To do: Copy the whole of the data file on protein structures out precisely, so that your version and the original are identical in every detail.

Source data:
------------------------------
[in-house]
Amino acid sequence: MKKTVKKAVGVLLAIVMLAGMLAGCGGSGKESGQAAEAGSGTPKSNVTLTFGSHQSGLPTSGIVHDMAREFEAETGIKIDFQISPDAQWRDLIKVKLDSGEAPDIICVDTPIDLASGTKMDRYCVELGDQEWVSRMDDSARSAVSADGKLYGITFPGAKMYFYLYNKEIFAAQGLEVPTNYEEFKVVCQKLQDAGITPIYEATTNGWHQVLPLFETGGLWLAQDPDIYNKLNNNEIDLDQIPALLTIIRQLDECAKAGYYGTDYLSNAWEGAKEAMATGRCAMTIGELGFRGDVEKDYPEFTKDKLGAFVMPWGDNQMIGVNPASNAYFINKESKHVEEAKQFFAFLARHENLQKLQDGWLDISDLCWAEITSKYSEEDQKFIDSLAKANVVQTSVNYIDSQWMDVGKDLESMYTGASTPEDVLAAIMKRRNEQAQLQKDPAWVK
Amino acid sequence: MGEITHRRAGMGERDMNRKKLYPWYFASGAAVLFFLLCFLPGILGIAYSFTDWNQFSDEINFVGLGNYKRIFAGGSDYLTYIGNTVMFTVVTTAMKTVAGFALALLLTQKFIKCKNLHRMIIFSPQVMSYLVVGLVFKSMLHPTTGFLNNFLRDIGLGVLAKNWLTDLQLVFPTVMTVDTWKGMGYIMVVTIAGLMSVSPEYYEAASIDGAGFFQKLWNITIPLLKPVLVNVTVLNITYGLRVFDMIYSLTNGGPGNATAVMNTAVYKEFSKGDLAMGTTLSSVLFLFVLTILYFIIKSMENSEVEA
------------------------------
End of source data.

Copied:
[in-house]
Amino acid sequence: MKKTVKKAVGVLLAIVMLAGMLAGCGGSGKESGQAAEAGSGTPKSNVTLTFGSHQSGLPTSGIVHDMAREFEAETGIKIDFQISPDAQWRDLIKVKLDSGEAPDIICVDTPIDLASGTKMDRYCVELGDQEWVSRMDDSARSAVSADGKLYGITFPGAKMYFYLYNKEIFAAQGLEVPTNYEEFKVVCQKLQDAGITPIYEATTNGWHQVLPLFETGGLWLAQDPDIYNKLNNNEIDLDQIPALLTIIRQLDECAKAGYYGTDYLSNAWEGAKEAMATGRCAMTIGELGFRGDVEKDYPEFTKDKLGAFVMPWGDNQMIGVNPASNAYFINKESKHVEEAKQFFAFLARHENLQKLQDGWLDISDLCWAEITSKYSEEDQKFIDSLAKANVVQTSVNYIDSQWMDVGKDLESMYTGASTPEDVLAAIMKRRNEQAQLQKDPAWVK
Amino acid sequence: MGEITHRRAGMGERDMNRKKLYPWYFASGAAVLFFLLCFLPGILGIAYSFTDWNQFSDEINFVGLGNYKRIFAGGSDYLTYIGNTVMFTVVTTAMKTVAGFALALLLTQKFIKCKNLHRMIIFSPQVMSYLVVGLVFKSMLHPTTGFLNNFLRDIGLGVLAKNWLTDLQLVFPTVMTVDTWKGMGYIMVVTIAGLMSVSPEYYEAASIDGAGFFQKLWNITIPLLKPVLVNVTVLNITYGLRVFDMIYSLTNGGPGNATAVMNTAVYKEFSKGDLAMGTTLSSVLFLFVLTILYFIIKSMENSEVEA